Restoration is complex. Practices that work in one ecosystem may have adverse impacts in another. Scientific understanding of how to restore and adapt ecosystems is still developing. Considerable investments are required to identify the best practices to restore our planet.

7. Build up capacity

As a priority, the UN Decade’s strategy seeks to build the capacity of marginalized groups that stand to lose most from the continued destruction of ecosystems – such as indigenous peoples, women and youth to take an active role in restoration.

8. Celebrate a culture of restoration

The power to revive our environment does not lie with governments, experts and practitioners alone. Far from it: Shifting from plundering the planet to healing it is a cultural challenge. The UN Decade’s strategy therefore calls on artists, storytellers, producers, musicians and connectors to join the #GenerationRestoration.

9. Build up the next generation

It is youth and future generations who are most impacted by the consequences of the current rapid destruction of ecosystems. The UN Decade’s strategy makes a direct link between the wellbeing of youth and the goals of restoration.

10. Listen and learn

We can all learn from each other’s knowledge and experience in restoration. The UN Decade acts as a platform to share restoration efforts around the globe. Have a look at the different efforts right now:

Watch new life come to this ecosystem in 9 months!

By | Allgemein, News Home

During one of their maintenance visits, our field team stumbled upon a pleasant surprise. After only 9 months of growth, this restored ecosystem has allowed new life to grow, in the form of the hatching of young chicks! See the images of the nest and freshly hatched birds below!

The speed at which these ecosystems are recovering after the planting of native trees is truly astonishing. These small, but meaningful cases, demonstrate that our restoration efforts are working, and that as time goes by, more and more life will return to these restored ecosystems! We are excited to see how these ecosystems will look in the coming years.

Here are some more snapshots from the maintenance visits:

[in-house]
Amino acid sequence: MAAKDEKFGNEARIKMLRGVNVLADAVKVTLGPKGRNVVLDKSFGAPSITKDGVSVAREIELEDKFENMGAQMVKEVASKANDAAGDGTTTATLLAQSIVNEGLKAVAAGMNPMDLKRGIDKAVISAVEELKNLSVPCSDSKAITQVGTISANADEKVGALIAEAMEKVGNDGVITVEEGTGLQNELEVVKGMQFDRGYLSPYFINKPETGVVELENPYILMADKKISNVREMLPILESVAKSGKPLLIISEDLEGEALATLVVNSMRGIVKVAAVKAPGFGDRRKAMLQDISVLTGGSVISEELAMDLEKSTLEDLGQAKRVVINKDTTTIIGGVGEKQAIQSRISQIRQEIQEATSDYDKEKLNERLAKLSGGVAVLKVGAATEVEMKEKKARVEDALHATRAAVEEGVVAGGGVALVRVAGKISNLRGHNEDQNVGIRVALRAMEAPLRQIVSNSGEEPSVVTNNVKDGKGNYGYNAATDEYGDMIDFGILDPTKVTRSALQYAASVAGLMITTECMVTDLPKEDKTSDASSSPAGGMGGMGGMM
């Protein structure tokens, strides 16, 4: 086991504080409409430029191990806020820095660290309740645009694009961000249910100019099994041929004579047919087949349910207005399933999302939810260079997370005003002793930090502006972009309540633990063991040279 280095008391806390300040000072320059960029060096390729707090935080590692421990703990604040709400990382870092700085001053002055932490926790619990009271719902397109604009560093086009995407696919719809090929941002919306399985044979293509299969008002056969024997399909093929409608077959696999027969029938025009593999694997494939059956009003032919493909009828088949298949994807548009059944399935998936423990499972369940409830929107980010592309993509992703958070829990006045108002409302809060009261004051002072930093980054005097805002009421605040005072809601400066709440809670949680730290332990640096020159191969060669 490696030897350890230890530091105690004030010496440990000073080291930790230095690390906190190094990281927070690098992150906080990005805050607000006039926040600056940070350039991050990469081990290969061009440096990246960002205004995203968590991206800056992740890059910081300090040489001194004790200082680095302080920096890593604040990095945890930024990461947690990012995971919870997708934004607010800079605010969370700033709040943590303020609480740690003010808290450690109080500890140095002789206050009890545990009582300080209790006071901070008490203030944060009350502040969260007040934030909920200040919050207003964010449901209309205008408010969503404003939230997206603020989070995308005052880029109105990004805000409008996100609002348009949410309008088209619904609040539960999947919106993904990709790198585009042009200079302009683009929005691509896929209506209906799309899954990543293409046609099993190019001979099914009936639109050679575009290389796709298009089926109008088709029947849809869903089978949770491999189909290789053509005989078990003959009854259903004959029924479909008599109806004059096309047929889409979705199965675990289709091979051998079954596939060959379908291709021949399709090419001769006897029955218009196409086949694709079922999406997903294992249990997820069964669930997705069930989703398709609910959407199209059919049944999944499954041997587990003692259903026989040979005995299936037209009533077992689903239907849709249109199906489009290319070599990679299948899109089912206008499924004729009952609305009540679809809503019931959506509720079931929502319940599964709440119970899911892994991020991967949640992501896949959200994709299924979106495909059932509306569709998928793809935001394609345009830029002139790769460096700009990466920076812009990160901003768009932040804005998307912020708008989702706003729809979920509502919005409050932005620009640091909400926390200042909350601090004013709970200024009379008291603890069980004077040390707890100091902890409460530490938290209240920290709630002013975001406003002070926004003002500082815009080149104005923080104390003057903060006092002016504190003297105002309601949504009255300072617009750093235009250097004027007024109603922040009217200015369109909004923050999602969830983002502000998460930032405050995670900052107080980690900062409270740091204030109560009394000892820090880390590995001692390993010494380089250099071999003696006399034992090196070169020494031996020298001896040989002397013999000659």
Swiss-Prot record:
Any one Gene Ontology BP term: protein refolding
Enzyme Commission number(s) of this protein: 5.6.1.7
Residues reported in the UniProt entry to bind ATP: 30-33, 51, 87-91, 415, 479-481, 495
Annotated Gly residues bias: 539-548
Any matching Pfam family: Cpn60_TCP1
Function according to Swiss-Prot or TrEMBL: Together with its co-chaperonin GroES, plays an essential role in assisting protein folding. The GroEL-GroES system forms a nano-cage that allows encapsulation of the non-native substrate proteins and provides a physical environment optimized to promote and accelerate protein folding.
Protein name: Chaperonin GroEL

Seed collection is in full process!

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Seed collection is a vital step for ecological restoration in the processes conducted by the BJF. It guarantees the supply of seeds both for the nursery and for the direct seeding restoration technique.

The first step is to analyze the region’s native vegetation, identify the species present and their ecological behavior. Which species grow faster? What species participate in community restructuring after any disturbance (such as falling trees after windstorms or fires)? When we know the species, we can look for additional information in specialized literature.

With this knowledge, it is possible to determine the phenology of each spacies, that is, the time of year when fruits and seeds are produced.

In a new field trip, we identify the healthiest individuals of each species, collect their geographic coordinates and general characteristics. It is important to have a minimum number of individuals to guarantee the genetic diversity of our seeds.

Thus, the seeds are collected from those cataloged individuals, always considering that we cannot collect all the seeds, so as not to compromise the reproduction of the trees.

The seeds thus harvested are processed and sent for storage or sowing.

Carlos Silva from Fazenda Santa Fe talks about the importance of the seed collection process:

BJF on Tess to Sustainability Podcast

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Have a listen to this episode of the Tess to Sustainability Podcast, featuring one of the BJF Team Members Joel Boele!